Coach Logic User Board – Report from the Conference
Sports professionals from across the team sports of rugby, football and hockey gathered at Loughborough University’s London Campus on the Queen Elizabeth Olympic Park to hear about the latest advances in technology from Coach Logic.
The setting – at the university which is at the forefront of sport in the UK and globally – was perfect for Coach Logic founders Mark Cairns and Andy Muir to set out their vision for the future of online analysis and video feedback. And the additional input from experts within the field added an academic weight that gave a context to the developments in coaching that Muir and Cairns are spearheading.
While the conference had structure and a schedule, much of the day was about shared experiences. One target that Cairns and Muir were keen to hit was the testing and subsequent launch of the new Coach Logic App. The audience in the room were perfect ‘guinea pigs’ – all passionate about coaching and all willing to explore new ideas.
“The app will be perfect for our needs,” said Chris Fowke, who coaches the Army women’s rugby team. “Our players are geographically all over the place; social media is the best way of communicating with them and this is great – it’s like a Whats App for the team.”
Certainly communication is the driver behind the app, as Cairns explained: “Today’s user has very different habits to players of the past. They may be watching television, snap chatting their mates on their smart phones and watching clips of the game on their laptops, all at the same time. We think the app will tap into that mindset and give coaches and players a better communication channel.”
With the app, the coaches and players can share all manner of information: not just about their own match or training session but videos of other teams, infographics, pictures, training schedules or they can simply start a conversation.
“The App is the start of the discussion,” said Cairns. “By encouraging this type of easy interaction, it becomes habit forming, but it also gives the coach an opportunity to learn more about their players. For example, you can see when the players are interacting on the app, which gives you insight into their lifestyle; you can see how often they view certain clips: depending upon the content, that might warn you they are anxious about an aspect of their performance.”
Through the app, players and coaches can tags events of interest; involve others in the discussion by mentioning ‘@’ another user(s) or group(s) within the tag; receive notifications of any clips or conversations they are tagged in; favourite particular clips or messages and a heap of other tools that the digital generation are comfortable using.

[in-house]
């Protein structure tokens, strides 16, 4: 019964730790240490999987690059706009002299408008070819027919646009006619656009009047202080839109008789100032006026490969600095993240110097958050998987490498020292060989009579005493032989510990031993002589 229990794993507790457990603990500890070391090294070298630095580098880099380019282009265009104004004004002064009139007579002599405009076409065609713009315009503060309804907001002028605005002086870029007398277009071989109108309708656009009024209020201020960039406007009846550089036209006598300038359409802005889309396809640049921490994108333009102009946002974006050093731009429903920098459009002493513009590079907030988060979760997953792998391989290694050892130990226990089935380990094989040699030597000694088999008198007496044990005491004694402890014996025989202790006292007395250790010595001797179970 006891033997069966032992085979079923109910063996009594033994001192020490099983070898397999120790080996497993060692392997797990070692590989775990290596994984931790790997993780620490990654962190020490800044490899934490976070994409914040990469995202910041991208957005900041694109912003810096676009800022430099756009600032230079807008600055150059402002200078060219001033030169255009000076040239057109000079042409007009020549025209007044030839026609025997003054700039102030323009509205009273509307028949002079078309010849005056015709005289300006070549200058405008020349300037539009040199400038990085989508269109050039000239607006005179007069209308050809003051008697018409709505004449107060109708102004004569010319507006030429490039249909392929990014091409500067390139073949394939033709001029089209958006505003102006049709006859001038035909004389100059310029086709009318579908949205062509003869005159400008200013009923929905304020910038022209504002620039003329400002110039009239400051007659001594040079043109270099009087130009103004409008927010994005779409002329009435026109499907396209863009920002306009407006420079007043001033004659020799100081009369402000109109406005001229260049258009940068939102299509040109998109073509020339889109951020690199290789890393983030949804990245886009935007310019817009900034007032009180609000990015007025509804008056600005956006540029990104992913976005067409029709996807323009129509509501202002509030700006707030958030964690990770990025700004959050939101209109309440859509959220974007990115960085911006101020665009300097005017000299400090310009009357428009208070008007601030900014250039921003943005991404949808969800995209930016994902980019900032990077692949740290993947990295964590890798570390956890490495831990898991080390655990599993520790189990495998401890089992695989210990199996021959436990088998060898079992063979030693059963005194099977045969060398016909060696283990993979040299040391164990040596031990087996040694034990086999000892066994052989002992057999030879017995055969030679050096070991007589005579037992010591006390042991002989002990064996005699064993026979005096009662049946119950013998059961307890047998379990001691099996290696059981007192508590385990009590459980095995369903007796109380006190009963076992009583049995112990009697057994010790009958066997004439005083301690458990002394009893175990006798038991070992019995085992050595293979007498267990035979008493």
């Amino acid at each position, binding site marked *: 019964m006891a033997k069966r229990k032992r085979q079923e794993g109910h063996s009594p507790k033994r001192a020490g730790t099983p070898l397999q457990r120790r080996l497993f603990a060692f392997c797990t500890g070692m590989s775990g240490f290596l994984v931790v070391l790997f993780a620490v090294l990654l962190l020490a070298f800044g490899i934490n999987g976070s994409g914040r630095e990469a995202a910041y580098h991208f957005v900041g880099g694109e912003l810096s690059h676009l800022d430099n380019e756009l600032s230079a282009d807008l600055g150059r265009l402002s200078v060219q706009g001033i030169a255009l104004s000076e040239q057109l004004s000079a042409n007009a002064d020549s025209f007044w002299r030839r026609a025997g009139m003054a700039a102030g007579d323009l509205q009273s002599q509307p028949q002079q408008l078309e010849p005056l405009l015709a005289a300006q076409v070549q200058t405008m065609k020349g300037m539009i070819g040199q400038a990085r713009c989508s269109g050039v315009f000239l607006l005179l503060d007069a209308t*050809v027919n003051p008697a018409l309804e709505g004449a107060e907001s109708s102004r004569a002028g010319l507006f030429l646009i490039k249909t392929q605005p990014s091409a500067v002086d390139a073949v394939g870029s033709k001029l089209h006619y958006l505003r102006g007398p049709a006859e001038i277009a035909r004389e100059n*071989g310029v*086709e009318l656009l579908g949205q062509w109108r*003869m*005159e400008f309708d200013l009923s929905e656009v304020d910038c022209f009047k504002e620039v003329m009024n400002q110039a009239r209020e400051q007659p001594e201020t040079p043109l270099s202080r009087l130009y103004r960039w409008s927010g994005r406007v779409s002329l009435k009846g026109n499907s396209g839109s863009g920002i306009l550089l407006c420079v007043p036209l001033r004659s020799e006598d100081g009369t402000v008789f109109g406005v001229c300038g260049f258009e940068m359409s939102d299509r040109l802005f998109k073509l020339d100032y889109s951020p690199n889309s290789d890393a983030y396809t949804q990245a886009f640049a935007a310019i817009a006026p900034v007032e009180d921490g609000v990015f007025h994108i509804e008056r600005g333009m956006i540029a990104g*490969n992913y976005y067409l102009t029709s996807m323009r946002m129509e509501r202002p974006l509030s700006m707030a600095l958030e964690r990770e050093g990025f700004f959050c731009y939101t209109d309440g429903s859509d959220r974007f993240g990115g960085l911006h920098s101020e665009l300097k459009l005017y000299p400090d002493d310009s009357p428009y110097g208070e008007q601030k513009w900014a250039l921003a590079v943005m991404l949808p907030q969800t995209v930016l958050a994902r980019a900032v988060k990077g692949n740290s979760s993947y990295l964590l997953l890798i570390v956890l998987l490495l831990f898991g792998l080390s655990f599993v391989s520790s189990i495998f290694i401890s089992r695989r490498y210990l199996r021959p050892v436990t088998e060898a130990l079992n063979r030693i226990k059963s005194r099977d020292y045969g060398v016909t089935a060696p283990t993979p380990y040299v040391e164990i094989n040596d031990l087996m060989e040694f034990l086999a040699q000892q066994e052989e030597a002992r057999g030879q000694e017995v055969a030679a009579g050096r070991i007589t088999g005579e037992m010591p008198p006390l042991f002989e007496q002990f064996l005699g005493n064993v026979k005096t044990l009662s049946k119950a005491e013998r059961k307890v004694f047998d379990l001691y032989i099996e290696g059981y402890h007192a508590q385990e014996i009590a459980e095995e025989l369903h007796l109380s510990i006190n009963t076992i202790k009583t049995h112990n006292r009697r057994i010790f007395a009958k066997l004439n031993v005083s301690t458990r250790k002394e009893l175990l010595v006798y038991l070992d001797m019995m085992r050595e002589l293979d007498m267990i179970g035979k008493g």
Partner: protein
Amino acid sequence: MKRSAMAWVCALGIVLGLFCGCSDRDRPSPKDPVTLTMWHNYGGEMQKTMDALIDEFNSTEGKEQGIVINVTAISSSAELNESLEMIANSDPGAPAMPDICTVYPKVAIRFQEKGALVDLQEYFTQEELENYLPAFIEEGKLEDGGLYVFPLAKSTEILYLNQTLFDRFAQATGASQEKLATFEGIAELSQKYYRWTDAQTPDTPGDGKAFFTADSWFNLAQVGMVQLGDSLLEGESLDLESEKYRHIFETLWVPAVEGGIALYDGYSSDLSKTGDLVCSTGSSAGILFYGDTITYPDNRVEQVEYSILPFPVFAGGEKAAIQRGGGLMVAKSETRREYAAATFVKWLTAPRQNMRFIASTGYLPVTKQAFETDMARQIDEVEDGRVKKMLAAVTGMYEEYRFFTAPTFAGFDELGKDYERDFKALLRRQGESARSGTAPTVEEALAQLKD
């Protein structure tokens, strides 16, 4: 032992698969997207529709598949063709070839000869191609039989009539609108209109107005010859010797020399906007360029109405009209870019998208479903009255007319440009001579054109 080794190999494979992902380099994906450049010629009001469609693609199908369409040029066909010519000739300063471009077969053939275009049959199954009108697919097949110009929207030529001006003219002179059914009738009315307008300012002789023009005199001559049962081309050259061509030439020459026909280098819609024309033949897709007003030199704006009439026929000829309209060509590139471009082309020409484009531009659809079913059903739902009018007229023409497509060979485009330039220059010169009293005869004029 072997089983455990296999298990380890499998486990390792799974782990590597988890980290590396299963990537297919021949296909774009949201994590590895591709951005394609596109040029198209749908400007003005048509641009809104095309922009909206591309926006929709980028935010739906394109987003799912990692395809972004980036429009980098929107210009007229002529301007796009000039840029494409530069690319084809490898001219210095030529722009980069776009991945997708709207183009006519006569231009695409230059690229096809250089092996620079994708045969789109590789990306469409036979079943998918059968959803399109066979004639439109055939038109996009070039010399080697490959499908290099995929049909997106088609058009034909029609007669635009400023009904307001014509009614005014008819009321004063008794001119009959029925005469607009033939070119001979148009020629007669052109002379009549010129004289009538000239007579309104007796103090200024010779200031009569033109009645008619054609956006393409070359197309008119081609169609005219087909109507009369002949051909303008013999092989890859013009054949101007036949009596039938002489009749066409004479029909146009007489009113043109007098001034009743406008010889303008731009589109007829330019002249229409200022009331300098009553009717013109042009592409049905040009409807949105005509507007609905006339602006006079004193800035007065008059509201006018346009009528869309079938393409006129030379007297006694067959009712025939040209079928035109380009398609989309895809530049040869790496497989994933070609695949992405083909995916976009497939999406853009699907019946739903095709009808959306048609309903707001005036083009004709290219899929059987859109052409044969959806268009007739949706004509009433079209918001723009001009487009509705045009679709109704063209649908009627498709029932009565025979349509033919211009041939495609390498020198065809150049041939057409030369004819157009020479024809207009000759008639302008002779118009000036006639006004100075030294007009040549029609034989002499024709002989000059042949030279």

“It is a simple way of getting information to a large group of players,” said Gavin Hogg, coach to Bury St Edmunds Rugby team. “It is one of those things that you need to get into the habit of doing and then it becomes a really efficient way of doing things. For me, an away game is ideal because I can prepare the clips on the journey home and the players will have them by Sunday morning.”
For several coaches at the conference, the idea of sharing information and encouraging two-way feedback is breaking through the old, entrenched coaching styles. An analyst at Chelsea Football Club said: “The historical nature of our sport is entrenched and we are working to break that. Under the old system, the coach was the dominant force, training happened to players. We want to create a system where training happens with players.”
Two-way communication was very much the dominant theme of the day. Most coaches admitted to working alongside old school coaching staff who still believed in a one-way communication path, but the consensus in the room was the need for player engagement. “Players will come to training now and challenge what we are doing,” said Fowke. “They have watched the clips, listened to our feedback but had their own thoughts on it.”
Hogg agreed: ‘My players will bring their thoughts to the training session and we are really pleased about that because they are the guys on the ground. We might have watched a clip and seen it one way but they will have a totally different perspective.”
For coaches, such as Kevin Johnson who coaches the Welsh Hockey team and therefore only sees his players for occasional blocks of time throughout the season, the ability to send relevant information is vital. “The players will have been with their club coaches every week and often that drives any memory of what we have been doing out of their minds. By sending clips and comments, we are able to refocus on the work we have done as a squad. I will often re-send a clip just before the team gets together, just to focus the players.”
Alongside the discussions about Coach Logic and the digital platform, delegates also heard from Dr Don Vinson, a lecturer in sports coaching at Worcestershire University; Michael Ayres, programme director for education, theology and leadership at St Mary’s University and Jamie Benson, head analyst from West Ham United.
The key messages from each speaker backed the key message from the conference. Player engagement is vital to the success of the team. “We have moved way beyond the culture of ‘yelling and telling’,” said Vinson, as he wrapped up his talk. “Effective learners are active, curious, motivated, excited and they like to work with others.”
Ayres agrees: “It is no fun reflecting upon a game on your own, Coach Logic have helped make this a social element of the whole game and training package.”
The Coach Logic App is available from Apple and Google Play (android) app stores.